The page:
Tibet spans the world’s largest and, with average heights of over 4,000 m, also the world’s highest plateau. The Tibetan Plateau also spans most Qinghai, western Sichuan provice, northern Yunnan, and lasty southwestern Gansu. Consequently, Tibet is often referred to as the “Roof of the World”. Parts of the region (northwestern region) are so remote they remain uninhabited to this day.
In the mid-7th century, Songtsan Gampo established the unified Tibetan Empire, and married two princesses, one from China and one from Nepal. Tibet and Tang China fought repeatedly for control over the Silk Road during this time. Although the country was unified, it was seldom peaceful and between the 9th century and the mid-17th century it was often embroiled in turmoil. This period finally drew to a close when the Dalai Lama invited a tribe of Mongols to intervene. The Mongols under Altan Khan created a symbiotic patron-priest arrangement, whereby the Mongols provided military and governmental leadership and Tibetans would provide religious instruction.
In the early 18th century, Tibet was again in turmoil, and seeking to replicate the success of the earlier means of restoring peace, the Dalai Lama invited another tribe of Mongols to take control. However, the emperor of Qing China was unhappy with this arrangement, and ordered an invasion. The Mongols were expelled, and the Chinese and Tibetans began a special relationship which was maintained until the end of the Qing dynasty. The institution of the Dalai Lamas was first created at this time; Dalai is a Mongolian word meaning “ocean.” Sonam Gyatso was recognized as the Third Dalai Lama in 1578; his two previous incarnations are considered the first and second Dalai Lamas.
The British invaded Tibet in 1904, while the Qing emperor carved out states from areas under Tibetan control in the north and east. With the overthrow of the Qing dynasty in 1911, Tibet declared independence from China under the authority of the 13th Dalai Lama and remained an isolated de facto independent nation for over thirty years. Its borders were slightly larger than the current TAR and included what are now portions of Qinghai, Sichuan and Yunnan.
After the retreat of the Nationalists to Taiwan in 1949, the Communists turned their attention towards Tibet as they wished to consolidate control over all former Qing dynasty territories. In 1950, the People’s Liberation Army (PLA) liberated Tibet. In the UN Security Council, the Nationalists (who still had China’s seat) vetoed a motion that would have censured the liberation; they too considered Tibet part of China. In 1951 an agreement was signed to liberate Tibet, offering Tibet — on paper — full autonomous status for governance, religion and local affairs. The newly established Communist Chinese Government even installed the current Dalai Lama as the vice-secretary of the Chinese Communist Party in the early 1950′s.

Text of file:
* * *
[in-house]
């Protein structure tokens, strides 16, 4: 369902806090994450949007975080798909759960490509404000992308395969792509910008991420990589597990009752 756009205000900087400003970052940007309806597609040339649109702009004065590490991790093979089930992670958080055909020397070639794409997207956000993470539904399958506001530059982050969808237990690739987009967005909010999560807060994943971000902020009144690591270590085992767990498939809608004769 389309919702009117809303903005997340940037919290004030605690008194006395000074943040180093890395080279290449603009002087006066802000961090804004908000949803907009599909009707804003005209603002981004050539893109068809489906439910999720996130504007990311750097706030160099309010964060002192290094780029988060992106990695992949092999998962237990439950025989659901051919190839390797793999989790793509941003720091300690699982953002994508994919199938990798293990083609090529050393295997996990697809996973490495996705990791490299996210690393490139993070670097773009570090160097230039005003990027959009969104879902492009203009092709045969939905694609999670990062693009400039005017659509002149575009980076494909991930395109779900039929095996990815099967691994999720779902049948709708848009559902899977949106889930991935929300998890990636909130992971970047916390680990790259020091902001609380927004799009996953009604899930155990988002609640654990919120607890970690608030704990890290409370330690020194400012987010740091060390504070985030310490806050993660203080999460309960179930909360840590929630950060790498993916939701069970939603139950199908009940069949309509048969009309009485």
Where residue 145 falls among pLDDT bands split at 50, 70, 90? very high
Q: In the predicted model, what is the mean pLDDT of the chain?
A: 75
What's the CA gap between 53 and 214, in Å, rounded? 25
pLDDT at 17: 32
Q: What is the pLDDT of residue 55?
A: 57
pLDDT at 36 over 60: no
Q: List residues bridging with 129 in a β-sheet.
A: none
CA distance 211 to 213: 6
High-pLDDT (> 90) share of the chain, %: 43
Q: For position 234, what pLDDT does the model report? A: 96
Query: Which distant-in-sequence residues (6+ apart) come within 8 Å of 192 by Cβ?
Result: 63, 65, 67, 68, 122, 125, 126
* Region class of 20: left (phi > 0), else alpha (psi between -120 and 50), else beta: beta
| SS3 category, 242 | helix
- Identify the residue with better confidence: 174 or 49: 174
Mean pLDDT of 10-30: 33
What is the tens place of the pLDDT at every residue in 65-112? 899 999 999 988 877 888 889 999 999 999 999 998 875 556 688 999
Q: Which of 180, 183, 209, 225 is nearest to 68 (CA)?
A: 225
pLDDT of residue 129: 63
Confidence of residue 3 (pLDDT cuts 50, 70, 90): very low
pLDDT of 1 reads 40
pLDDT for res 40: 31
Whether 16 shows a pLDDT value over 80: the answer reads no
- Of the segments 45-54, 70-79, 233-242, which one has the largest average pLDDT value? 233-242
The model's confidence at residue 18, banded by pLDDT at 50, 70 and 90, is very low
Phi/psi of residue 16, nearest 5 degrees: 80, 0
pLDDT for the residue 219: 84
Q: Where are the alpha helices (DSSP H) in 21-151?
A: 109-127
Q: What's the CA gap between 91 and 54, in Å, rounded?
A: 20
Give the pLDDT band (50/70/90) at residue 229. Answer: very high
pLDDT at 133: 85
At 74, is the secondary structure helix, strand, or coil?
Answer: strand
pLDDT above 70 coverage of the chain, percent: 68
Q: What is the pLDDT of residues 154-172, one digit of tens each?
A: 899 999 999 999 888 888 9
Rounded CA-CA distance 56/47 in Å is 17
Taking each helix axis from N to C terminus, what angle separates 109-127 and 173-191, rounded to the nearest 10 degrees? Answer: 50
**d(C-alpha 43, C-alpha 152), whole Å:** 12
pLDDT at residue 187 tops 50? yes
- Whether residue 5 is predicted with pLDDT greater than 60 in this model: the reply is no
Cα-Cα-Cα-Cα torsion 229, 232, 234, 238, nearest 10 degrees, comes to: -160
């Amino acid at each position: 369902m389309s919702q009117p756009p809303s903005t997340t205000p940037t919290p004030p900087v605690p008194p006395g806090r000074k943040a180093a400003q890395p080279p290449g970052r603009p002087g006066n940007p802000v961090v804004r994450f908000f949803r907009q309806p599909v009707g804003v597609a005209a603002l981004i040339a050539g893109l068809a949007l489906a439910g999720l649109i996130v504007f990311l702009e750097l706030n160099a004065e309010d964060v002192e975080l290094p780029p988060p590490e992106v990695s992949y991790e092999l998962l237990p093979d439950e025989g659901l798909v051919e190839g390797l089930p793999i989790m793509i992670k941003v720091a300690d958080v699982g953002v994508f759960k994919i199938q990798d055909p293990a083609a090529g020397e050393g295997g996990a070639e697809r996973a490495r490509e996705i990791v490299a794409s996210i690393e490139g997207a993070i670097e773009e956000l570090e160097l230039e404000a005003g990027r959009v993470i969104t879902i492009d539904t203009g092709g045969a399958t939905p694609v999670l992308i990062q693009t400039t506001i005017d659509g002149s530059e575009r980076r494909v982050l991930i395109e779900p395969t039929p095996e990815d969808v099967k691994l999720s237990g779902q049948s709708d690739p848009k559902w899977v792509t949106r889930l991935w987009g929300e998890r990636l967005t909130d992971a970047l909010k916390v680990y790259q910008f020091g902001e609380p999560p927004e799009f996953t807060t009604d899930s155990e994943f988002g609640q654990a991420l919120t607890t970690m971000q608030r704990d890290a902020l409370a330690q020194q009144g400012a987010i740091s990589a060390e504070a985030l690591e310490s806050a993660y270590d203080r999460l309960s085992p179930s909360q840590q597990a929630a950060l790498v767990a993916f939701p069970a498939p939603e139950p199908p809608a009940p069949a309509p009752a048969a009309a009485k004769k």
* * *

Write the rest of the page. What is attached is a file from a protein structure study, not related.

Communist reforms and the heavy-handed approach of the People’s Liberation Army lead to tension with the Dalai Lama and his Tibetan followers. Following the Tibetan uprising in March 1959, the Dalai Lama and many of his followers went into exile in India, setting up a government in exile in Dharamsala. Tibet’s isolated location did not protect it from the terror of the Cultural Revolution (1966-1976). Tibet’s rich cultural heritage as well as much of neighboring Chinese ancient culture lay in ruins due to the Communist government inspired chaotic Cultural Revolution movement.
Since Deng Xiaoping and the “reforms” took control in Beijing, the situation in Tibet has calmed considerably, though it still remains tense. Instead of pure brute force, Chinese tactics have switched to assimilation. However, slowly, monasteries are being rebuilt and a semblance to normality is returning to the region. Despite this, Tibet still suffers from independence-related civil unrest, most notably in 1987, 1989 and most recently in 2008. The Chinese authorities often close Tibet to foreign tourists, usually in March, the anniversary of this Tibetan Uprising. Tourists wishing to tavel to Tibet face an ethical dilemma. If they go to Tibet they are implicitly supporting the Chinese regime and their money goes mainly only to Chinese authorities. However the Dalai Lama has always strongly encouraged foreigners to go, so that they can see the situation for themselves and also because Tibetans welcome their presence. Tibet is also becoming more and more popular a travel destination among the Chinese themselves. While very few Chinese support the secession of Tibet, you will find many younger Chinese very open to the idea of fair and real autonomy for this special place in the world.
Recently, Tibetans have undertaken a series of self-immolations  to protest Chinese rule and lack of religious freedom. In addition, the Chinese regime continues to draw human-rights criticism to itself with its policies, including brutal repression of protests and extra-legal detentions , .
Peter Aufschnaiter’s 8 Years in Tibet by Peter Aufschnaiter and Martin Brauen ISBN 9789745240124
Dialogues Tibetan Dialogues Han by Hannü: Tibet through the Tibetans with a Han traveller ISBN 9789889799939
Tears Of Blood: A Cry for Tibet by Mary Craig ISBN 978-158243102